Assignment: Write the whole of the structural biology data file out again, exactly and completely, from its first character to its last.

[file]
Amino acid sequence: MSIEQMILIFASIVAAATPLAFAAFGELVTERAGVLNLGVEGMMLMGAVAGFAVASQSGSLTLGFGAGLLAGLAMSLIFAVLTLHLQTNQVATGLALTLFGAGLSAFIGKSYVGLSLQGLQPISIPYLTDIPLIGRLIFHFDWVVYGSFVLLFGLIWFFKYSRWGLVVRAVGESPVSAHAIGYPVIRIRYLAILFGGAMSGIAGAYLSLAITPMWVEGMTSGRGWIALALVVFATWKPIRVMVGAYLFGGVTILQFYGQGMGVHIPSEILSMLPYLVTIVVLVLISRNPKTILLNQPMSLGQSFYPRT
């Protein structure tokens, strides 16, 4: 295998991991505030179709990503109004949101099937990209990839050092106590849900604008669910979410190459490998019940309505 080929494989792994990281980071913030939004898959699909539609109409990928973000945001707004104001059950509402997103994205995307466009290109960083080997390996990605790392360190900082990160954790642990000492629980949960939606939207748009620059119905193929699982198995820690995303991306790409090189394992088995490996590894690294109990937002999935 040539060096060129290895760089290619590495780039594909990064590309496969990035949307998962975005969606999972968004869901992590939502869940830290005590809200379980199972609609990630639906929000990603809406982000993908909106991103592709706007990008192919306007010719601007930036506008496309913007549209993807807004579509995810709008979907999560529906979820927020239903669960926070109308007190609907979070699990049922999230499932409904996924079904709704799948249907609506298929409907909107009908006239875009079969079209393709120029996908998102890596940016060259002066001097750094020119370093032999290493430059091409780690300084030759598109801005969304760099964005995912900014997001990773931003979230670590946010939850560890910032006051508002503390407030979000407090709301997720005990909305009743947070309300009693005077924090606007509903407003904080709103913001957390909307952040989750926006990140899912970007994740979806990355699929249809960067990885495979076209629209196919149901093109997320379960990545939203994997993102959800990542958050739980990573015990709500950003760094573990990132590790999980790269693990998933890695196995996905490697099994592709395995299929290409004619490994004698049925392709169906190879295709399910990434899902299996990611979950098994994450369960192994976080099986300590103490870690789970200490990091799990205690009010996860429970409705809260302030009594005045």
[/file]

Amino acid sequence: MSIEQMILIFASIVAAATPLAFAAFGELVTERAGVLNLGVEGMMLMGAVAGFAVASQSGSLTLGFGAGLLAGLAMSLIFAVLTLHLQTNQVATGLALTLFGAGLSAFIGKSYVGLSLQGLQPISIPYLTDIPLIGRLIFHFDWVVYGSFVLLFGLIWFFKYSRWGLVVRAVGESPVSAHAIGYPVIRIRYLAILFGGAMSGIAGAYLSLAITPMWVEGMTSGRGWIALALVVFATWKPIRVMVGAYLFGGVTILQFYGQGMGVHIPSEILSMLPYLVTIVVLVLISRNPKTILLNQPMSLGQSFYPRT
């Protein structure tokens, strides 16, 4: 295998991991505030179709990503109004949101099937990209990839050092106590849900604008669910979410190459490998019940309505 080929494989792994990281980071913030939004898959699909539609109409990928973000945001707004104001059950509402997103994205995307466009290109960083080997390996990605790392360190900082990160954790642990000492629980949960939606939207748009620059119905193929699982198995820690995303991306790409090189394992088995490996590894690294109990937002999935 040539060096060129290895760089290619590495780039594909990064590309496969990035949307998962975005969606999972968004869901992590939502869940830290005590809200379980199972609609990630639906929000990603809406982000993908909106991103592709706007990008192919306007010719601007930036506008496309913007549209993807807004579509995810709008979907999560529906979820927020239903669960926070109308007190609907979070699990049922999230499932409904996924079904709704799948249907609506298929409907909107009908006239875009079969079209393709120029996908998102890596940016060259002066001097750094020119370093032999290493430059091409780690300084030759598109801005969304760099964005995912900014997001990773931003979230670590946010939850560890910032006051508002503390407030979000407090709301997720005990909305009743947070309300009693005077924090606007509903407003904080709103913001957390909307952040989750926006990140899912970007994740979806990355699929249809960067990885495979076209629209196919149901093109997320379960990545939203994997993102959800990542958050739980990573015990709500950003760094573990990132590790999980790269693990998933890695196995996905490697099994592709395995299929290409004619490994004698049925392709169906190879295709399910990434899902299996990611979950098994994450369960192994976080099986300590103490870690789970200490990091799990205690009010996860429970409705809260302030009594005045």